How to break a for loop in a nice way

I want to do something like the following but in ocaml,

I someone can give an example code?

I’m not sure about how you define nice, but this is how I’d do it:

(* break *)
exception Break
let () =
  try
    for i = 0 to 9 do
      if i = 4 then
        raise Break
      else
        Printf.printf "%d\n%!" i
    done
  with
  | Break -> ()

(* continue *)
exception Continue
let () =
  for i = 0 to 9 do
    try
      if i == 4 then
        raise Continue;
      Printf.printf "%d\n%!" i
    with
    | Continue -> ()
  done
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Exit is an exception in stdlib defined exactly for this use case. It’s not raised by any library function so you can be sure you’re the one who caused it.

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I am not sure from your recent questions whether it is ocaml’s facilities for dealing with imperative programming and mutable state which are perplexing you, or whether rather it is functional programming which is perplexing you.

If the former, then the examples you have been given are fine, although many might defer before calling it “nice”.

If the latter, the following is the more functional way to implement a break or continue equivalent in ocaml to the example C code to which you have referred, using iterative recursion. For your ‘break’ example in C:

let () =
  let rec loop i =
    if i <> 4 then begin
        Printf.printf "%d\n" i ;
        loop (i + 1) end in
  loop 0

For the ‘continue’ example in C:

let () =
  let rec loop i =
    if i = 4 then loop (i + 1)
    else if i < 10 then begin
        Printf.printf "%d\n" i ;
        loop (i + 1) end in
  loop 0

Is there anything here which would benefit from further explanation?

Edit For the ‘continue’ example this would be more efficient although less faithful to the layout of the C code:

let () =
  let rec loop i =
    if i < 10 then begin
        if i <> 4 then Printf.printf "%d\n" i ;
        loop (i + 1) end in
  loop 0
1 Like

@cvine Why is your code in the edit more efficient ? Although the tests “<10” and “==4” are done in different orders, it looks like they are done as often in both examples.

Yes, I misspoke. “More obvious” perhaps, in having a single point of recursion, rather than “more efficient” (save that it does omit the test against 4 when the count is 10).

1 Like

In this sort of situation, raise ought to be replaced by raise_notrace IMO. The distinction is that raise_notrace just affects control flow but does not involve the backtrace mechanism used to report unhandled exceptions. Unless the backtrace mechanism is disabled, raise_notrace is more efficient. It also does not clobber the existing state of the backtrace, and so (functions that call) raise_notrace can be used in exception handlers.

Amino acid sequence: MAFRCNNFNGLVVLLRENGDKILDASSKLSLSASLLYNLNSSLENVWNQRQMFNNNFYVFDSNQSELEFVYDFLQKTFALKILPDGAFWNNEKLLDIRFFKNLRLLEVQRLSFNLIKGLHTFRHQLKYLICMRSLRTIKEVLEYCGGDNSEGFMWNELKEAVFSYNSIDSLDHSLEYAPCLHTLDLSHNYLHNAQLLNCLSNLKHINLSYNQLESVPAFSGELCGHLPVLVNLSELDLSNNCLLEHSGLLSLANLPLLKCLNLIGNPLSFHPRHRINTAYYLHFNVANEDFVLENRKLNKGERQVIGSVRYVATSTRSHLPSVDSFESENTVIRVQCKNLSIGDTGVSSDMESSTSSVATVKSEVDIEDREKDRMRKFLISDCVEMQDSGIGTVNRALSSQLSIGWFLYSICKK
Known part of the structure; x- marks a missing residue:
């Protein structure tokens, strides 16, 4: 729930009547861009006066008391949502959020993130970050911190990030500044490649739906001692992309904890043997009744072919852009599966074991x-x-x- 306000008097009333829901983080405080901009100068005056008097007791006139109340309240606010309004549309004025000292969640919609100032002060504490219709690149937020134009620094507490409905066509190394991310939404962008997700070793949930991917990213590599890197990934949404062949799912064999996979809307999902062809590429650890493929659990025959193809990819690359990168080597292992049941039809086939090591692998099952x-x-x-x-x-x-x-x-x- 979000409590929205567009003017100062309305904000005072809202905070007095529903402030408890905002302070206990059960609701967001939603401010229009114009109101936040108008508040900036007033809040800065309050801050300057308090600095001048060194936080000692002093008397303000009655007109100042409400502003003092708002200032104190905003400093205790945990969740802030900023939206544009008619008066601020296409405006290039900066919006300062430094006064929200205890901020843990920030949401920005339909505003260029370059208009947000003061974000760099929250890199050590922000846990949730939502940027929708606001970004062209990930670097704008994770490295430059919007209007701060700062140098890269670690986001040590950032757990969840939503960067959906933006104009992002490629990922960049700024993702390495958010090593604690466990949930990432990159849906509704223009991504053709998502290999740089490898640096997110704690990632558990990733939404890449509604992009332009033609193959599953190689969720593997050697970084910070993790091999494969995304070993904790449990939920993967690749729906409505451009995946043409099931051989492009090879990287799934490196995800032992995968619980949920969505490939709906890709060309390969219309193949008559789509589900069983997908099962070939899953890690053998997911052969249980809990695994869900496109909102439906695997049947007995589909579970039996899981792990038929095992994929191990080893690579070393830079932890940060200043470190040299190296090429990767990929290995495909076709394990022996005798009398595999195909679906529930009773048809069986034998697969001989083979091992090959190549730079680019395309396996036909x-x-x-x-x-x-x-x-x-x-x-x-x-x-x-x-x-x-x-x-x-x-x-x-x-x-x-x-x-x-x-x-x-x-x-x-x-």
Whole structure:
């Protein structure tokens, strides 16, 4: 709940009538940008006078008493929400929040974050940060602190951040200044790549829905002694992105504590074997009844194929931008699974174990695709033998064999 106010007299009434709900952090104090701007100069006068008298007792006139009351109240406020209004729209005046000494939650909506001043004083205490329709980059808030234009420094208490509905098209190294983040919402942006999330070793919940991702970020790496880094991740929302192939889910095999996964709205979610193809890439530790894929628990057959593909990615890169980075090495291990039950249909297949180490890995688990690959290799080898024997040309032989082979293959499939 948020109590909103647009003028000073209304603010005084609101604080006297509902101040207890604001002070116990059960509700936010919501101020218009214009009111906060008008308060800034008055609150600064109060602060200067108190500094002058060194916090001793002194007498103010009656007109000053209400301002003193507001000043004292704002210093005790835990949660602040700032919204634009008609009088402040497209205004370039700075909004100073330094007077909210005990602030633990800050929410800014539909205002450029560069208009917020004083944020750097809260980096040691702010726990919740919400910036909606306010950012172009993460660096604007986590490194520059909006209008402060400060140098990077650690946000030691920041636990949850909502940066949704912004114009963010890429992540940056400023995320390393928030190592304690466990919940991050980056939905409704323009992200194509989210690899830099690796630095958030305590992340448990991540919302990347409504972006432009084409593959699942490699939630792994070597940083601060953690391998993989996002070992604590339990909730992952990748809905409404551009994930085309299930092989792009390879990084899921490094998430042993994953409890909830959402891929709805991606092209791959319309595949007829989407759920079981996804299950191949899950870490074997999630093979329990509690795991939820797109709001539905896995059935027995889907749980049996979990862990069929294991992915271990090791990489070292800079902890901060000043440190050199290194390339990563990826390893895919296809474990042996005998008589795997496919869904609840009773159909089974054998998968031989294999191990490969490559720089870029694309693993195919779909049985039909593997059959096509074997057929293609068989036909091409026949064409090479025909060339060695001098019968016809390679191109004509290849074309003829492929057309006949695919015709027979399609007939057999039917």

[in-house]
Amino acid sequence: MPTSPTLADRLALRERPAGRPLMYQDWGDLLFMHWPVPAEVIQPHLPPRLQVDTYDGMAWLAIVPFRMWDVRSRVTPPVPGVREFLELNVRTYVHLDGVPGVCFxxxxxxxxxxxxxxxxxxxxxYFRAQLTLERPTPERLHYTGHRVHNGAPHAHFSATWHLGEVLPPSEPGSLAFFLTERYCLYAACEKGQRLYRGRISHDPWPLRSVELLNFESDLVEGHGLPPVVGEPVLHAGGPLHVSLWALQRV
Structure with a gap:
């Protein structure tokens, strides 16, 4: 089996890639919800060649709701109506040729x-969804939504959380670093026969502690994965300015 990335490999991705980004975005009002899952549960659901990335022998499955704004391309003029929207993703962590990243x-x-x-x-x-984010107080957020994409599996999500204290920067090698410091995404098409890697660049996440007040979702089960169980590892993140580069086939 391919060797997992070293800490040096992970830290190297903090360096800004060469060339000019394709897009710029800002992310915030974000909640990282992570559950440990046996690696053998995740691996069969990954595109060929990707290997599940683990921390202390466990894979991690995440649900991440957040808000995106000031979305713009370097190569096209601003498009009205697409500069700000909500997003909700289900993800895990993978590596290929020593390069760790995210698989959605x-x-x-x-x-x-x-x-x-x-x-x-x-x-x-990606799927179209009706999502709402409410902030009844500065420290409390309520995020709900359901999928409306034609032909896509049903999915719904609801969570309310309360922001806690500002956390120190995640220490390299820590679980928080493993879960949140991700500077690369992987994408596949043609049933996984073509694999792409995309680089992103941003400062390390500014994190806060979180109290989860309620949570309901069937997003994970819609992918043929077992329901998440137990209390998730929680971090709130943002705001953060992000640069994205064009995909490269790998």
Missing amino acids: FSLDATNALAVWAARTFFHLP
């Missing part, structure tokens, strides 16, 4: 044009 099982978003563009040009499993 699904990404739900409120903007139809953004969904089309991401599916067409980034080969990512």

Also, while raise and raise_notrace are fast relative to the analogues in many other languages, pushing a trap handler (which has to be done every time a try expression is evaluated) is not entirely free. So do not be surprised if the let rec versions are slightly faster. On the other hand, returning early using an exception really shines when it jumps over the return from many pending non-tail function calls.

8 Likes

Can i consider “raise” as a “goto” where the “context” is dropped.

I’m curious, would using local exceptions here be any more efficient?

let f () =
  let exception E of int in
  try for i = 0 to 10 do
          if Int.(i = 5) then raise E i
       done;
       0
  with E i -> i

Whenever I have exceptions required for these kinds of early exits, I always use local exceptions, because I assume that it would provide additional information to the compiler - guaranteeing that the exceptions must have been generated from this particular invokation of the function.

I understand that vanilla OCaml doesn’t really do much optimisations, but would something like Flambda be able to make use of this?

4 Likes

Currently, no. In fact, local exceptions are only different from non-local exceptions during the scope resolution phase. It’s not an error to have a local exception escape its scope (either by raising it or returning is as a regular value, eventually embedded in a bigger value), and it is even possible to do a bit of introspection on out-of-scope exceptions to recover the constructor name for instance.

We do have some optimisations in flambda 2 when we can match a raise point with its handler statically, but it’s not specific to local exceptions. In your example we would be able to remove completely the exception mechanisms (except for a small detail at the definition point), but that would have been true even with a normal exception, wherever it had been defined.

I’d still advise for the use of local exceptions as good practice, but with the current compilers it is never faster than a regular exception and can be slightly slower in some cases (the definition itself is not completely free).

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